There are a small number of influential people, including the president, who have repeatedly been instrumental in stoking misinformation about the election, excerpts from January 8, 2021 The New York Times article “Trump isn’t the only one” by Shira Ovide.
Researchers have found that a small group of social media accounts are responsible for the spread of a disproportionate amount of the false posts about voter fraud.
Facebook, Twitter and YouTube should subject the prominent band of habitual online misleaders to stricter rules. Today, online companies consider only the content of online messages, not the identity of the messenger to decide whether a post is potentially harmful or dangerously misleading and should be deleted or hidden. Prominent people need to be subjected to stricter rules for repeat offenders of false information. That would include Mr. Trump and other world leaders who have used their online accounts to inflame divisions and inspire mob violence.
For example, starting with Eric Trump on November 5, 2020, using the hashtag, Stop the Steal, asked his Facebook followers to report cases of voter fraud. His post was shared over 5,000 times. Later that day, conservative media personalities Diamond and Silk had shared the hashtag along with a video claiming voter fraud in Pennsylvania. Their post was shared over 3,800 times. That night, conservative activist Brandon Straka asked people to protest in Michigan under the banner #StoptheSteal. His post was shared more than 3,700 times. Over the next week, the phrase “Stop the Steal” was used to promote dozens of rallies that spread false voter fraud claims about the U.S. presidential elections. Across Facebook, there were roughly 3.5 million interactions — including likes, comments and shares — on public posts referencing “Stop the Steal” during the week of Nov. 3.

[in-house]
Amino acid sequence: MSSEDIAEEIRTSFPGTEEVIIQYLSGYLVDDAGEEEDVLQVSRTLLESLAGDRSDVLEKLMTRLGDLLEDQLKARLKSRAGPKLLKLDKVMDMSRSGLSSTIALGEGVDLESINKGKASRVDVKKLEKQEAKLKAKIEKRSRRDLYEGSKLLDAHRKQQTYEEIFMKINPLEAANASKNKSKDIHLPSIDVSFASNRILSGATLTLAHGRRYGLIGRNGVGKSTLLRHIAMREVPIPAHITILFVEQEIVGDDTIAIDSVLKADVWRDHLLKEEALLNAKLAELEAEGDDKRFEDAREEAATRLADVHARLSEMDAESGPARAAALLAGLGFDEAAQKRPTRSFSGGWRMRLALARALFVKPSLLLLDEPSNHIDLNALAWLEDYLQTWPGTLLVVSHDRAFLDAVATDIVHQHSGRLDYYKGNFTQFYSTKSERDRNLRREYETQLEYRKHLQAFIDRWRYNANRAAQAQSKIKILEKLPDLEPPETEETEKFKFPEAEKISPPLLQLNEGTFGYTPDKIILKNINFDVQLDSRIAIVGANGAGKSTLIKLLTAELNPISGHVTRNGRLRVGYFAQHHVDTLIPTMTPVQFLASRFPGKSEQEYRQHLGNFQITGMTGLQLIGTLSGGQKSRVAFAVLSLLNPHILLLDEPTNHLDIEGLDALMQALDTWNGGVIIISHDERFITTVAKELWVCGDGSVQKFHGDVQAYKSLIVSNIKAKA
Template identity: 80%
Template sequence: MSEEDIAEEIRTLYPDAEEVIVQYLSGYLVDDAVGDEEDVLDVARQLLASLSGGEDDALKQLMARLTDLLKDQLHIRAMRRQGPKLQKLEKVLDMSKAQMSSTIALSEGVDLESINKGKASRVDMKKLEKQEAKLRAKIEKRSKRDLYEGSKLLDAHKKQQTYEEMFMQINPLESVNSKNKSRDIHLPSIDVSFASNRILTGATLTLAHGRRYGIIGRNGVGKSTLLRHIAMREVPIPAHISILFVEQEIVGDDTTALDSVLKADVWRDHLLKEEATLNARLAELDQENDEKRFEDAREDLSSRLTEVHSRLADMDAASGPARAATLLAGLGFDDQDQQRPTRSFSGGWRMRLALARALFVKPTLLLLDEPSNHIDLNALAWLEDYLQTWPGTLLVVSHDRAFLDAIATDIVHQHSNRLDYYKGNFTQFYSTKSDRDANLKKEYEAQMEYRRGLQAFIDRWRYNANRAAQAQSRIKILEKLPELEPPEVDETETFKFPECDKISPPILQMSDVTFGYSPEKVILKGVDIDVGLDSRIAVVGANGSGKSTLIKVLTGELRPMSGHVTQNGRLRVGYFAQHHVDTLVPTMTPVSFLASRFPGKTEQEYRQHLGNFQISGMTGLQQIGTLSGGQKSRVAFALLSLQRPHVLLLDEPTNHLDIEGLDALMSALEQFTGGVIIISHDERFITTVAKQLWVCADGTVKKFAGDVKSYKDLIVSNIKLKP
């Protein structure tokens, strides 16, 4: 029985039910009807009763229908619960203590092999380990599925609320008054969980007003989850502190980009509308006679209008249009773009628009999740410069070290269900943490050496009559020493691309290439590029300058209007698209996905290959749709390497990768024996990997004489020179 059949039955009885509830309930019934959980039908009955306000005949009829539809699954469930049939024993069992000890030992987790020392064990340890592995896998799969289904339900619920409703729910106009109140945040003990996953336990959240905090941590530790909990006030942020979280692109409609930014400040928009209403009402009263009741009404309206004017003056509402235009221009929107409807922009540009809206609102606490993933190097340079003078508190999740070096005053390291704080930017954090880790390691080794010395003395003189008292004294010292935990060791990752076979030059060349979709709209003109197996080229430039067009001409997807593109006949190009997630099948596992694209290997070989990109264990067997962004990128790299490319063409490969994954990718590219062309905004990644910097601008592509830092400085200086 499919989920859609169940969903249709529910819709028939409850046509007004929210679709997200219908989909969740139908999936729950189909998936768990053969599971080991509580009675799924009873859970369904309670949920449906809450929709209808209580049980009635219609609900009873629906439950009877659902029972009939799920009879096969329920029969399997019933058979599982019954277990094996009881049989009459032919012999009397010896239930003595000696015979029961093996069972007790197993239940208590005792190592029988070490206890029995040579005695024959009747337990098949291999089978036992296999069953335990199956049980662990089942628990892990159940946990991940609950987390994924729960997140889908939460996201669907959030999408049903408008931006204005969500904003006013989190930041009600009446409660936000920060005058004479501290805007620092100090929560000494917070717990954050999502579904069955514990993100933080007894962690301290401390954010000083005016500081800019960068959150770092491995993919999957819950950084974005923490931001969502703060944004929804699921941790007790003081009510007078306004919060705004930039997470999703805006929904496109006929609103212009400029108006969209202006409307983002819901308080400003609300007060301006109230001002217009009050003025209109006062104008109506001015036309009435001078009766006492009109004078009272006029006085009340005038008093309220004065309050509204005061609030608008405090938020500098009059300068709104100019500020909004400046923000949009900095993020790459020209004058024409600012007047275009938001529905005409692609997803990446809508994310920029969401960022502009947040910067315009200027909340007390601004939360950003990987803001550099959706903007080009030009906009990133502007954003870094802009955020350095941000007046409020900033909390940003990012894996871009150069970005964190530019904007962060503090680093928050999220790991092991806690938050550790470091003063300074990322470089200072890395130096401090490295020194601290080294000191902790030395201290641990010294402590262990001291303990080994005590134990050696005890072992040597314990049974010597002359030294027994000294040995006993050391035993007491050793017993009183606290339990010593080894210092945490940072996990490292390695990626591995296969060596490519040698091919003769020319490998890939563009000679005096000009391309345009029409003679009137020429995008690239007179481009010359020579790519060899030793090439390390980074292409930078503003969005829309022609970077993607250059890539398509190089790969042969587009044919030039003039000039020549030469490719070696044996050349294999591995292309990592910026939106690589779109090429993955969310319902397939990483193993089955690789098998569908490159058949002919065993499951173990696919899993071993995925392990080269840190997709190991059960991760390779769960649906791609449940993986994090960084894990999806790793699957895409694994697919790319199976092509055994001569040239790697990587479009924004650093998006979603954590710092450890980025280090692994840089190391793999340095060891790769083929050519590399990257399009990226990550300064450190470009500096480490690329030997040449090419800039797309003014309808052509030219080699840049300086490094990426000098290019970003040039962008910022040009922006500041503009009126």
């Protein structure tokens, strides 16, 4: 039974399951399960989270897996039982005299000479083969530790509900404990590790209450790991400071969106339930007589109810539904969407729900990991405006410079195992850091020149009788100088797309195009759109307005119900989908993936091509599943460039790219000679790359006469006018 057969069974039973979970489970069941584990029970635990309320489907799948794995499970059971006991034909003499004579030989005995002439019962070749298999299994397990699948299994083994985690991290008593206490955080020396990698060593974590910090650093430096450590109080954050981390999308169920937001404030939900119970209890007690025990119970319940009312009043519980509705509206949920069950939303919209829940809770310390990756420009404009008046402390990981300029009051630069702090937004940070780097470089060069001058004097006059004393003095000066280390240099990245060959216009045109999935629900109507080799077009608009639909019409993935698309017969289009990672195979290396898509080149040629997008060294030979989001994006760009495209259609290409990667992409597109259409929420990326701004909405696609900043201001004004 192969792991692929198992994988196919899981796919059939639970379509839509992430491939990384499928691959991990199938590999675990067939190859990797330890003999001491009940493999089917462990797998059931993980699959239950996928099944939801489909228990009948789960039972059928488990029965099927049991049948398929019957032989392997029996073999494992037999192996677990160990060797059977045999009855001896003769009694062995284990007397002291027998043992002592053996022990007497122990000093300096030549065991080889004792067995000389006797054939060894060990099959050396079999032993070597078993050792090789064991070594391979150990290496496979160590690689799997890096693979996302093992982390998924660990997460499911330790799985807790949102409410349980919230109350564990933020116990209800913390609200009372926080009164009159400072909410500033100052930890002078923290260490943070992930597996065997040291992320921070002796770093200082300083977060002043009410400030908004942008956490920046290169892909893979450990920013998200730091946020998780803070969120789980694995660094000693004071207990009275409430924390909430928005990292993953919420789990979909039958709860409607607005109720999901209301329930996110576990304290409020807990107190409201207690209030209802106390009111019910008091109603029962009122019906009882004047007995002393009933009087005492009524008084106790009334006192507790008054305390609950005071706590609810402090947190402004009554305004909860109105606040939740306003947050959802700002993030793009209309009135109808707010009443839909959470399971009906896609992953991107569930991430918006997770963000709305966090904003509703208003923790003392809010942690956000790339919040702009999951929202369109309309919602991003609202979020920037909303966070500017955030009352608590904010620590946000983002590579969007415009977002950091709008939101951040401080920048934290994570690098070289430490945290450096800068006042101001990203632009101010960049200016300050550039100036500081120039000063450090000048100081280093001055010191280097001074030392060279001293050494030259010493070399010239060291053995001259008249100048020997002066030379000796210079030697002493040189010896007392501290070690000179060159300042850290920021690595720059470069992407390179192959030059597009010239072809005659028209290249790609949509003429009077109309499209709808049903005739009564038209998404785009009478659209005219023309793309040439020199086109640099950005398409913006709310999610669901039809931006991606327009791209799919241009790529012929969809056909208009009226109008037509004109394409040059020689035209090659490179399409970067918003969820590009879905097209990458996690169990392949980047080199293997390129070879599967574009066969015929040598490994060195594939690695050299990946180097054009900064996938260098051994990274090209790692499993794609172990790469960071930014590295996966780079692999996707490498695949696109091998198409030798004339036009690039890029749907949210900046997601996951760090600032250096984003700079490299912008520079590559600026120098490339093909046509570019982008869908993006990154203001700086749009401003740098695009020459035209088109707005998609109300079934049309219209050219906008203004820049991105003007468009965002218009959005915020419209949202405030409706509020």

It just took just 33 posts on Facebook that were liked, shared or commented 13 million times. These posts created a narrative that would go on to shape what millions of people thought about the legitimacy of the U.S. elections.
In November, the New York Times found just 25 Facebook accounts, including those of Trump and the right-wing commentator Dan Bongino, accounted for about 29 percent of the interactions that researchers examined of widely shared Facebook posts about voter fraud.
A coalition of misinformation researchers called the Election Integrity Partnership found that about half of all retweets related to dozens of widely spread false claims of election interference could be traced back to just 35 Twitter accounts, including those of Mr. Trump, the conservative activist Charlie Kirk and the actor James Woods. Most of these 35 accounts helped seed multiple falsehoods about voting, the researchers found.
Now is the time for all of us to begin to repair this broken system of communication and influence.